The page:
If you watch the trailers for “Tammy” you'll see all the funny parts. That isn't because all the other jokes in the movie are bad. It's because the rest of the movie isn't really a comedy. Okay, this is an exaggeration, but “Tammy” is far more serious than the gangsta-rap dancin', jet skiing ads let on. Sure, we've come to expect a few dramatic patches and force-fed life lessons in vehicles for strong comedic voices. Hell, there's even a heart-to-heart in “Meatballs.”
But “Tammy,” the first feature film directed by Ben Falcone, starring Melissa McCarthy and co-written by both of them is basically a drama-in-disguise. Unfortunately, it's a formulaic and extremely uneven one, albeit with a number of sympathetic performances.
Things start out as you expect. McCarthy's titular lead is introduced as an adult-child in the “Step Brothers” mold. A barely functioning disaster area whose slovenly behavior nearly kills a deer on the way to her gig at a fast food joint. When she loses her job and her car is trashed you may think this will be some sort of set-up for Tammy to be the goofy new face of the downtrodden 99%. Turns out she lives in a well-to-do suburb, though she discovers her husband is cheating on her. That this cartoon doofus has a spouse in the first place is the first of many examples of “Tammy”'s core problem. Is this broad comedy or is this a real movie?
Tammy turns to her mother (Allison Janney) who lives two doors down, so, again, playing for silly laughs. After such a bad day Tammy decides to “run away” and Grandma (Susan Sarandon in old lady makeup) has the car and the cash to fund the trip. Crank the classic rock, they're on the road.
There are the typical roadhouse joints and motels and diners and if it weren't for the twinkle in Sarandon's eye or McCarthy's uncanny ability to squeeze a laugh from a throwaway remark you'd likely drop dead of boredom right there in the theater. There's a very funny sequence in which Tammy puts a bag over her head to knock over one of her old fast food restaurants – the added touch of Sharpie eyebrows are a source of genuine glee. However, the scene (and its unmotivated dance moves) takes a moment to find its groove, as it comes on the heels of a touching, somewhat depressing scene with Grandma.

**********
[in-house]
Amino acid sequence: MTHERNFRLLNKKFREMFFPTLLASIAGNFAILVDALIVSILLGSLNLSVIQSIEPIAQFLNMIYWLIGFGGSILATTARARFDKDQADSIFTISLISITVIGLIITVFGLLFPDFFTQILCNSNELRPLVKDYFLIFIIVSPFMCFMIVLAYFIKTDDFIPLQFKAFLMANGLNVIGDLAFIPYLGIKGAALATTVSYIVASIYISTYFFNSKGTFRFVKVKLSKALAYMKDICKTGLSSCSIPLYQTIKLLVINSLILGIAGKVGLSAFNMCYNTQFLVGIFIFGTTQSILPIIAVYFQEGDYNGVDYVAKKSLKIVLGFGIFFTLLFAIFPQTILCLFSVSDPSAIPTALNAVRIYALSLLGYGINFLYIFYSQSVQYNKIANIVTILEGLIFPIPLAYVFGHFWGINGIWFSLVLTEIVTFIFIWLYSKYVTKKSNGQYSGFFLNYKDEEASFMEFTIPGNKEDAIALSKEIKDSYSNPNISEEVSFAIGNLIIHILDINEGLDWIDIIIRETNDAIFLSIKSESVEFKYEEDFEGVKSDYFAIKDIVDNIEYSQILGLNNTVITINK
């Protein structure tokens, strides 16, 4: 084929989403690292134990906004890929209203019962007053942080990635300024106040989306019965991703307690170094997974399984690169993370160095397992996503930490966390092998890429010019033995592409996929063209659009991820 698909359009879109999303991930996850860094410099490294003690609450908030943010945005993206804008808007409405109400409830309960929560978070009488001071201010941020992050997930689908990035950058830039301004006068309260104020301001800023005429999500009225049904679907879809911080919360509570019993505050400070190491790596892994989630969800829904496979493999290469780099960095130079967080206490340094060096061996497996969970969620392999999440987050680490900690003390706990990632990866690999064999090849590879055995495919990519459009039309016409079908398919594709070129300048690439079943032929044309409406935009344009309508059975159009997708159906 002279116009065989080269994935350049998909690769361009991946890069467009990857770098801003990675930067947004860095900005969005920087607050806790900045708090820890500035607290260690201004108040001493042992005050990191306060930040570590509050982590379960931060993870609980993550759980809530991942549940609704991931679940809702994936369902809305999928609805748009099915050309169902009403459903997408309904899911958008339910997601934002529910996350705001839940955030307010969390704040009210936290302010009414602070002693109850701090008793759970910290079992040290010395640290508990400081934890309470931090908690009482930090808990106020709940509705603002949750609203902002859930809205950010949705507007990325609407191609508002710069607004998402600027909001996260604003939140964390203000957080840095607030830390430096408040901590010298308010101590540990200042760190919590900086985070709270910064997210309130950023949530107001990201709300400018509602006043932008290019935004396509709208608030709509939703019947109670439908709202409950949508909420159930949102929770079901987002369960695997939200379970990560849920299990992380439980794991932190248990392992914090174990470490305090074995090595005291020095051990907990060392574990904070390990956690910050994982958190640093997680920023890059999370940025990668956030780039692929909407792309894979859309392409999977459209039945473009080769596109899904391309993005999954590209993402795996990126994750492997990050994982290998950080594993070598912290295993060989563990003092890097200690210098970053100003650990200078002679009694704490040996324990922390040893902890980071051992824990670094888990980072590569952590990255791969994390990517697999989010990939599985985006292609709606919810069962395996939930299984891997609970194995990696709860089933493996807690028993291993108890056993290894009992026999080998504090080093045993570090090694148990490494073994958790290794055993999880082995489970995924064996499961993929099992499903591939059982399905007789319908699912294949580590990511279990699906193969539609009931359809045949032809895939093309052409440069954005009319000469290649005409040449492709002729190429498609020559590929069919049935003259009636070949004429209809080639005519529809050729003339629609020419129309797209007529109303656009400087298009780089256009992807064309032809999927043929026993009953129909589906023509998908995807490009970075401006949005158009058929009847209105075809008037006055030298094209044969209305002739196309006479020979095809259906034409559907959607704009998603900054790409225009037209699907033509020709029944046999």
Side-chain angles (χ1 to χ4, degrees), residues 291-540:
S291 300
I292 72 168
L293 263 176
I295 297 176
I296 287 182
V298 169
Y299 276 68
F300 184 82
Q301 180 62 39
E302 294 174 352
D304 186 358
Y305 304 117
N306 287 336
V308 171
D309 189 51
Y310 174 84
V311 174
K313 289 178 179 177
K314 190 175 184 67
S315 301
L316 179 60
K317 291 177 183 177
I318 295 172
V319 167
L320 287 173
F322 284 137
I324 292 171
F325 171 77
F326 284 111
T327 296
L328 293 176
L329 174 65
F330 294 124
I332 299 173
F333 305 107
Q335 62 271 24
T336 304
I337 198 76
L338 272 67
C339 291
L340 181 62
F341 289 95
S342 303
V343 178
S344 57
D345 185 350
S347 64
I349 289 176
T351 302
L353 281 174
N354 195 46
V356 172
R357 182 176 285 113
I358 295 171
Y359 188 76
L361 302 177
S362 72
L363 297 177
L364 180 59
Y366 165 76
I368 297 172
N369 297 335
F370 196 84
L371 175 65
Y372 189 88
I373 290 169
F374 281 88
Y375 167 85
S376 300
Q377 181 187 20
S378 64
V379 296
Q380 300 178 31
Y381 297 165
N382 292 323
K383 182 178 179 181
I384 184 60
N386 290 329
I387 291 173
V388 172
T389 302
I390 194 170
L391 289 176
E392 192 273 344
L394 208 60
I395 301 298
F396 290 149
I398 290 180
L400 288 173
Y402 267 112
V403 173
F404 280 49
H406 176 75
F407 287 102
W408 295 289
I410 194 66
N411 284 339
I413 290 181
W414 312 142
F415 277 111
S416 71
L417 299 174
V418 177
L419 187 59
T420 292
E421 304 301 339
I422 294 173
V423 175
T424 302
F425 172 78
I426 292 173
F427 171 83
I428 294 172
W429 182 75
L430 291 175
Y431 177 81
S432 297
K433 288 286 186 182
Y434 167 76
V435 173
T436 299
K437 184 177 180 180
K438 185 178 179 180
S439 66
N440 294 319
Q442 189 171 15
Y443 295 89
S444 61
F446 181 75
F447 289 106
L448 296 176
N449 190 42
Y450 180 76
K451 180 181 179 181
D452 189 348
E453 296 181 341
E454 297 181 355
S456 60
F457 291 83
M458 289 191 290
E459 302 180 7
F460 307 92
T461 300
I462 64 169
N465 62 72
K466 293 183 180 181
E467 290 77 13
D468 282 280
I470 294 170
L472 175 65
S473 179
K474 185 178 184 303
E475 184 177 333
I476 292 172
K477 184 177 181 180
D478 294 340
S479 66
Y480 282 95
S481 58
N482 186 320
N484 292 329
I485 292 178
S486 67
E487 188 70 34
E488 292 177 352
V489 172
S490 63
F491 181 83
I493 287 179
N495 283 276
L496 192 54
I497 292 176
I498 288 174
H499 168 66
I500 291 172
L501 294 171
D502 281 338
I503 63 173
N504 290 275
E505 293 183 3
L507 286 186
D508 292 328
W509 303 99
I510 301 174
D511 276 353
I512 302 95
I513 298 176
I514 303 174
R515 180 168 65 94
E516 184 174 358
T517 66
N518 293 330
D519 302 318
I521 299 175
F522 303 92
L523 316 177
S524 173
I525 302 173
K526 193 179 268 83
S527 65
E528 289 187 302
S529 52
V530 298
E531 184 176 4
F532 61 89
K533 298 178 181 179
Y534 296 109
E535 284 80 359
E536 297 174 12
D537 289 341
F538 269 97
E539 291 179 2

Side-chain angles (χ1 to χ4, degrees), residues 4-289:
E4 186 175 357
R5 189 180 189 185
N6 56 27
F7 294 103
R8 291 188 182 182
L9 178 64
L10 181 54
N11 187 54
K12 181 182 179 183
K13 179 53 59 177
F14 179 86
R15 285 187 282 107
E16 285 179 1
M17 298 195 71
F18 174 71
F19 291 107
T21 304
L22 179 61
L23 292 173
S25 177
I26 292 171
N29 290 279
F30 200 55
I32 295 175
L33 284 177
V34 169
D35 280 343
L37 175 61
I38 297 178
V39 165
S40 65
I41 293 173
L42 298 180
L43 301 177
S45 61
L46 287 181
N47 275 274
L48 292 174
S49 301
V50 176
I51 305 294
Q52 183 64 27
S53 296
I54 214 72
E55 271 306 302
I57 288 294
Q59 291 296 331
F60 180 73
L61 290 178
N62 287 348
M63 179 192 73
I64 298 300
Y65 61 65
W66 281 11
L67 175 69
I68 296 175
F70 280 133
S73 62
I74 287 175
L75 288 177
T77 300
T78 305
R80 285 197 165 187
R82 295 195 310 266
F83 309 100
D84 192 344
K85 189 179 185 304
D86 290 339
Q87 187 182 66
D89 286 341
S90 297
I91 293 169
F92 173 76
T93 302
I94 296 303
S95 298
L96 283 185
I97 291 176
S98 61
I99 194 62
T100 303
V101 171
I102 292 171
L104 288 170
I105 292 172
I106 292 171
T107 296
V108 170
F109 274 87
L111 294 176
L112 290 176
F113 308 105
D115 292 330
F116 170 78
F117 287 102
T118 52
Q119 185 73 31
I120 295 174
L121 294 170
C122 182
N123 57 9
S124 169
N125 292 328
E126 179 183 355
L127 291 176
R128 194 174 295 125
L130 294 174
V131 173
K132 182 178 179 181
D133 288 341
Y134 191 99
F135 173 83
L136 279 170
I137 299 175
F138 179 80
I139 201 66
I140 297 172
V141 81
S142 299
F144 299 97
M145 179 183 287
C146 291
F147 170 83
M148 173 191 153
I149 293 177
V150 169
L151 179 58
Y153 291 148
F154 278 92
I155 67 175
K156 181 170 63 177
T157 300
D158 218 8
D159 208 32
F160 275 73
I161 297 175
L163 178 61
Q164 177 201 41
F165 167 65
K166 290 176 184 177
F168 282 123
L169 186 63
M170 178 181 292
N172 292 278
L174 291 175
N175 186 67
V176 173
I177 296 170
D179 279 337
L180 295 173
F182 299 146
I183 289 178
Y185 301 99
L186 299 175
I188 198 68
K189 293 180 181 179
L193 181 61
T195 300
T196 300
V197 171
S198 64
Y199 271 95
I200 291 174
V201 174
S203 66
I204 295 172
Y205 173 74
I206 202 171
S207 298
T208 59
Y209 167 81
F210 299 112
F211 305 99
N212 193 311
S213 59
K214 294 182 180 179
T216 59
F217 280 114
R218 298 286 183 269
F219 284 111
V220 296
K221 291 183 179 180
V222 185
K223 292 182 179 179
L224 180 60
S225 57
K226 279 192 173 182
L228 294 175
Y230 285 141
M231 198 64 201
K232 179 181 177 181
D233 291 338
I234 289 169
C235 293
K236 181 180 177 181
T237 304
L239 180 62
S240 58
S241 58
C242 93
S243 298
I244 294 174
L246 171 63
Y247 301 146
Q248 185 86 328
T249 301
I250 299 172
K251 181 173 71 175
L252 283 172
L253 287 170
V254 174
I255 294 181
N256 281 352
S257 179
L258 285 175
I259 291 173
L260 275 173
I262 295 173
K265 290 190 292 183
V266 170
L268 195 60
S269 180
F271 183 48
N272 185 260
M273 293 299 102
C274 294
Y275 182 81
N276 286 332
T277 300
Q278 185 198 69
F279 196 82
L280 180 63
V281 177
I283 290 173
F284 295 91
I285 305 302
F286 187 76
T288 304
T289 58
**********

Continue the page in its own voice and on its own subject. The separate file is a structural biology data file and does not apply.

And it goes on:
Sarandon's character, you see, is actually an alcoholic, and as soon as Falcone decides he is making a Film With Themes, Tammy snaps out of her dingus routine and grows 100 IQ points. You'd think this would be infuriating, but here's the fascinating part. Once the film downshifts to its final third at a distant cousin's lakehouse, the Dr. Phil-esqu drama actually becomes. . .more compelling than the sub-par humor!
Blame this entirely on Sarandon's inability to phone this one in, I suppose. And also credit Kathy Bates (the cousin) and Sandra Oh (her wife.) It's enough to make you think that a fairly straight story about familial relationships with a few jokes tossed in might have been the way to go.
“Tammy” is still better than “Identity Thief,” but that movie is an all-time boondoggle. McCarthy was absolutely tremendous in “The Heat,” so she should still make big, silly comedies – still what “Tammy” is trying to be. She should just be cautious who she makes them with.